When it comes to buying a cup of coffee, it’s a safe bet that everyone in the world recognizes one brand name. Apparently for Starbucks, however, world domination isn’t enough. Beginning in 2008, the company embarked on a tireless quest to create a 100-percent recyclable (or reusable) cup by the year 2015, revamping its reputation as a pioneer in sustainable marketing in the process. Yes, I have my facts straight; Matter Network reports that Starbucks is on the seven-year plan for the perfect cup.
In April, the company held its 2nd Annual Cup Summit, inviting paper manufacturers, raw material suppliers, academic experts and leaders in the recycling industry to discuss potential solutions. From the looks of it, Starbucks is taking a very Marxist approach to the cup as a commodity with a questionable lifespan. In other words, they aren’t out just to give the cup a green makeover. Starbucks wants to transform the materials used to make it, the process by which it’s manufactured and recycled, and the role you and I play every time we buy a cup of coffee.
This year’s Sustainable Brands conference, held last week in Monterey, was another opportunity for the caffeine kingpin to outline their grandiose efforts. In addition to the promise of a 100-percent recyclable/reusable cup by 2015, Starbucks also unrolled three new sub-goals: to complete a recyclable cup plan by 2012; to serve 25 percent of their drinks in tumblers or permanent cups; and to provide front-of-store recycling in each and every store owned by the company.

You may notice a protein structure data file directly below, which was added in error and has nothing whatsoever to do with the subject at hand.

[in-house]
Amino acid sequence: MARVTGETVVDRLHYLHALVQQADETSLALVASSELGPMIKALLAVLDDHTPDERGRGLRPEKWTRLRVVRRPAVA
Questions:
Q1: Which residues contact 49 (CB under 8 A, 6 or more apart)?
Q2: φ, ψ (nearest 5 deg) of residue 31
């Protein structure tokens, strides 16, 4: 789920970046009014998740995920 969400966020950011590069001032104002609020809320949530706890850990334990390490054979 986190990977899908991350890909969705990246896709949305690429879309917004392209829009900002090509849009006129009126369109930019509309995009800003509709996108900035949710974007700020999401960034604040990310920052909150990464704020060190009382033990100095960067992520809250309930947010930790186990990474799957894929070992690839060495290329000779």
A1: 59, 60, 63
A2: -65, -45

Other key points from the conference include:
City by City Recycling: Starbucks understands that waste habits and recycling rules vary from state to state and city to city. In that vein, the company is targeting the biggest, most influential cities first, hoping for a trickle-down effect of improved practices. San Francisco and Seattle are already on board with recyclable cups, with Manhattan close behind. Chicago, Boston and Atlanta are next on the list.
BYOC: Remember how up in arms people got when grocery stores threatened to start charging customers per plastic bag used to bag your groceries? Do you also remember how easy it’s become to bring your own reusable bag to the market? Starbucks is hoping to do to the cup what Trader Joe’s has done for the grocery bag. In short, they want us to start bringing our own. Incentives such as free cups of coffee to anyone bringing in their own tumbler have been used to try and jump start the new practice, but as of right now; the idea remains a foreign one to the majority of customers.
Statistics prove that progress has been made. Last year, Starbucks served 4.4 million more beverages in reusable cups compared to 2008. But will Starbucks be able to do it? Will they reach their ambitious 100-percent goal? Only the next five years will tell…
View a live chat with Jim Hanna, Starbucks’ head recycling expert and Peter Senge, a senior lecturer at MIT here.
[Photo: Flickr/Jeroen Bennink]